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By Carson Kessler
May 25, 2018

Online scams demanding bitcoin currency are far from unusual, but in a new stunt, scammers are preying upon the devoted owners of lost dogs in North Carolina.

On Sunday, Patricia Howell’s basset hound, Happy, went missing in Granville county. She immediately posted her phone number to Facebook, as well as on pet finder site, Pawboost.

Soon after, Howell received a threatening text message demanding $600 worth of bitcoin in exchange for the safe return of the lost dog — only one problem, Happy was already home.

The bitcoin scammer, who told Howell he was using a burner phone to avoid identification, claimed to have the lost basset hound. Howell would need to send the bitcoin ransom within five days, otherwise they would “sell it or kill it or whatever.”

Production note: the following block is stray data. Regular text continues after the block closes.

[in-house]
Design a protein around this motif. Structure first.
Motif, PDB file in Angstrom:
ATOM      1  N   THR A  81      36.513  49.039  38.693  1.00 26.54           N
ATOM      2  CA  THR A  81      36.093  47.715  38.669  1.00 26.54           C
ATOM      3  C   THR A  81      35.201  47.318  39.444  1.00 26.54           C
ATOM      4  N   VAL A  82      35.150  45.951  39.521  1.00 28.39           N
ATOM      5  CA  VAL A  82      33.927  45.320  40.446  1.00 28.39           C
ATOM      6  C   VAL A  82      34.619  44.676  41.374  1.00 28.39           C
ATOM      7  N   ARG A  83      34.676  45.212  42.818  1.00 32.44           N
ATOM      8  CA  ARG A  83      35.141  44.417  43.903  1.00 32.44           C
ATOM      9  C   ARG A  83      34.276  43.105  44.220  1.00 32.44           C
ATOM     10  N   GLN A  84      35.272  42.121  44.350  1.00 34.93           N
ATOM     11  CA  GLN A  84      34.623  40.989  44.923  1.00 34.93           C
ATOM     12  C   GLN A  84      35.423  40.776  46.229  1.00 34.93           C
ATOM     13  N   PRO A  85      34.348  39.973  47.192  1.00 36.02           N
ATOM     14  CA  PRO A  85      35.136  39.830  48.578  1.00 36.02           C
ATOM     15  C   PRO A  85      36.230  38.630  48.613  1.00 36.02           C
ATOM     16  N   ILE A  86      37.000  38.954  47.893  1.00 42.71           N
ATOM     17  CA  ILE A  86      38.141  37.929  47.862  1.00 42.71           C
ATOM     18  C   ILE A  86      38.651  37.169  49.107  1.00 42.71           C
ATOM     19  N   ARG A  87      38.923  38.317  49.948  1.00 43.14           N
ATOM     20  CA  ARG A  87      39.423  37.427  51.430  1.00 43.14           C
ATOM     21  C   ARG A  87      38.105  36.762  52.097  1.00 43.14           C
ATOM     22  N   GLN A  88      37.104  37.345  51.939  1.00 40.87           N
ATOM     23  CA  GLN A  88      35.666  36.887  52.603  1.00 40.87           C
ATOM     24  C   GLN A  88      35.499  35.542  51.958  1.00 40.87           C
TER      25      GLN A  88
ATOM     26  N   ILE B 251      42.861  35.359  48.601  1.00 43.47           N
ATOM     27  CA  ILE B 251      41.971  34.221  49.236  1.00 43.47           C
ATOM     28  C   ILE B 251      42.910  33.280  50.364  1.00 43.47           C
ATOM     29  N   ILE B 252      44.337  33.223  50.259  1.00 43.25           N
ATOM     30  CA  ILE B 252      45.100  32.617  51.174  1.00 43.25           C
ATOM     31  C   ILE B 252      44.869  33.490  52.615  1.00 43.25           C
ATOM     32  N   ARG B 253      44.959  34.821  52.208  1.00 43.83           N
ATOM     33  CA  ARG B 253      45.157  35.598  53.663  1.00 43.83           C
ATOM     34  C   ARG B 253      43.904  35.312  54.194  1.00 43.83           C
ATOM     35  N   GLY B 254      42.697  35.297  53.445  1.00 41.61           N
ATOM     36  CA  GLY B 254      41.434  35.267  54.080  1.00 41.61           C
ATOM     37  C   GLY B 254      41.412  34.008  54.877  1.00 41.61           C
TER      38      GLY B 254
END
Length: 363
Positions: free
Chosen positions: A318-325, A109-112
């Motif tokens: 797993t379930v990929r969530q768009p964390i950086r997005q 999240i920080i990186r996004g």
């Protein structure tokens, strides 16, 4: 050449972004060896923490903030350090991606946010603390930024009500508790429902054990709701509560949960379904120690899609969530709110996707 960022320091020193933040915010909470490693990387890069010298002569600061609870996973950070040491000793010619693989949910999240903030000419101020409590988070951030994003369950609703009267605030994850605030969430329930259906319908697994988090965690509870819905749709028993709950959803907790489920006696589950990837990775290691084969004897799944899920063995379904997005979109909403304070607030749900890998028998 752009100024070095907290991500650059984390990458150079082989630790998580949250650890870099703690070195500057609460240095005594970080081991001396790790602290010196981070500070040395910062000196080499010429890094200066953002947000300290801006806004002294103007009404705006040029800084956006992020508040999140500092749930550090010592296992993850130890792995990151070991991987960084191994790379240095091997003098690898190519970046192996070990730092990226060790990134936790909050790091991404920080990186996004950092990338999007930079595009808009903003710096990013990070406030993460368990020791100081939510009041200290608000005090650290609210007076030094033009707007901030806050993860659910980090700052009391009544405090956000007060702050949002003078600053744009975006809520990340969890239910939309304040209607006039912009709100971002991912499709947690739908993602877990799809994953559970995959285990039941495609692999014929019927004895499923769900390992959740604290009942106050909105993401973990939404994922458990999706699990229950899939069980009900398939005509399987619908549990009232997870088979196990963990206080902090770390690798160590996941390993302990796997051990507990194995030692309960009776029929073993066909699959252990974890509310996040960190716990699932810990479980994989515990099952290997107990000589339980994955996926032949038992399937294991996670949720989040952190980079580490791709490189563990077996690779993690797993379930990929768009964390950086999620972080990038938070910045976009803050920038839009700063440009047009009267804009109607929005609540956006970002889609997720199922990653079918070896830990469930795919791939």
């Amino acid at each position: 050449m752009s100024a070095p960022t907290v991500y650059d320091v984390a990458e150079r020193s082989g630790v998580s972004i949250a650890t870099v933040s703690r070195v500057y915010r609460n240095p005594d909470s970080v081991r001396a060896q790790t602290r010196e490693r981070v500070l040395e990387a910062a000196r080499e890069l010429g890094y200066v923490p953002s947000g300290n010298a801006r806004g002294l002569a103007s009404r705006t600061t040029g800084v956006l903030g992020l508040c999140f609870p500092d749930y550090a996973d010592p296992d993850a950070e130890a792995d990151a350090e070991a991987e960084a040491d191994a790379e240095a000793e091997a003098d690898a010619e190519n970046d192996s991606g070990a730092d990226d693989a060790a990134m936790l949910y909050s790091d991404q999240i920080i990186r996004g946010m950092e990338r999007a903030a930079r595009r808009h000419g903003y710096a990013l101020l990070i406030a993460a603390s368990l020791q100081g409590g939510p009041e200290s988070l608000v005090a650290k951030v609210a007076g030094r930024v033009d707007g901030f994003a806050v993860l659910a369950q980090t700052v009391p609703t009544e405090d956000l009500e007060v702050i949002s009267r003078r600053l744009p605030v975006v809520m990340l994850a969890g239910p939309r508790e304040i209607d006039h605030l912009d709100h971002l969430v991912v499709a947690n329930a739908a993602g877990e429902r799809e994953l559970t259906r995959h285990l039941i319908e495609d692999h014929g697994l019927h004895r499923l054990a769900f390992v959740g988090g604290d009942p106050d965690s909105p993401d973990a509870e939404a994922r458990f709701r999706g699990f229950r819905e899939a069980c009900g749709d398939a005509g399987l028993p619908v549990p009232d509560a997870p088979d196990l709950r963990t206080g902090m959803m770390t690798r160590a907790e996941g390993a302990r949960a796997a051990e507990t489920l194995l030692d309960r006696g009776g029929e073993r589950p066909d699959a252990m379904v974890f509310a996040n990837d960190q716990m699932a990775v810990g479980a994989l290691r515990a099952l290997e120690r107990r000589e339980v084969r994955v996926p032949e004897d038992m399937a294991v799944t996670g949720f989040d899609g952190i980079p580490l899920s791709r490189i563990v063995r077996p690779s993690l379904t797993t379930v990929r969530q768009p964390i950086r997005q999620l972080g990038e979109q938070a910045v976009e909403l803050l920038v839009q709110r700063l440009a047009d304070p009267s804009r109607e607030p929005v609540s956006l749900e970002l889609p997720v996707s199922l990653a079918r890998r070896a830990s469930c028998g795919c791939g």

“I knew it was a scam because I had Happy, but it was heartless and cold and it was so mean-spirited,” Howell told CBS 17.

Howell filed a report with Granville County Sheriff’s Office for investigation. While this was the first reported case of this particular scam he’d personally encountered, the sheriff told CBS 17 news that he was familiar with similar bitcoin scams around the country.

Howell and Happy weren’t the only ones in North Carolina to encounter the lost dog bitcoin scam. Fuquay-Varina county resident Raymond Brunet and his two lost dogs were also targeted by a similar scam.

After posting his contact information on Triangle Pet Lost & Found, Brunet received an almost identical text from a burner phone, demanding $2,000 worth of bitcoin or else his two lost dogs would be killed within 10 days.

Like Howell, Brunet had already found both of his dogs before the scammer sent the text.

“They need to find a better way to make money,” Howell told CBS 17 news. “They need to leave people alone and realize that what they’re doing is hurtful and so cruel.”

 

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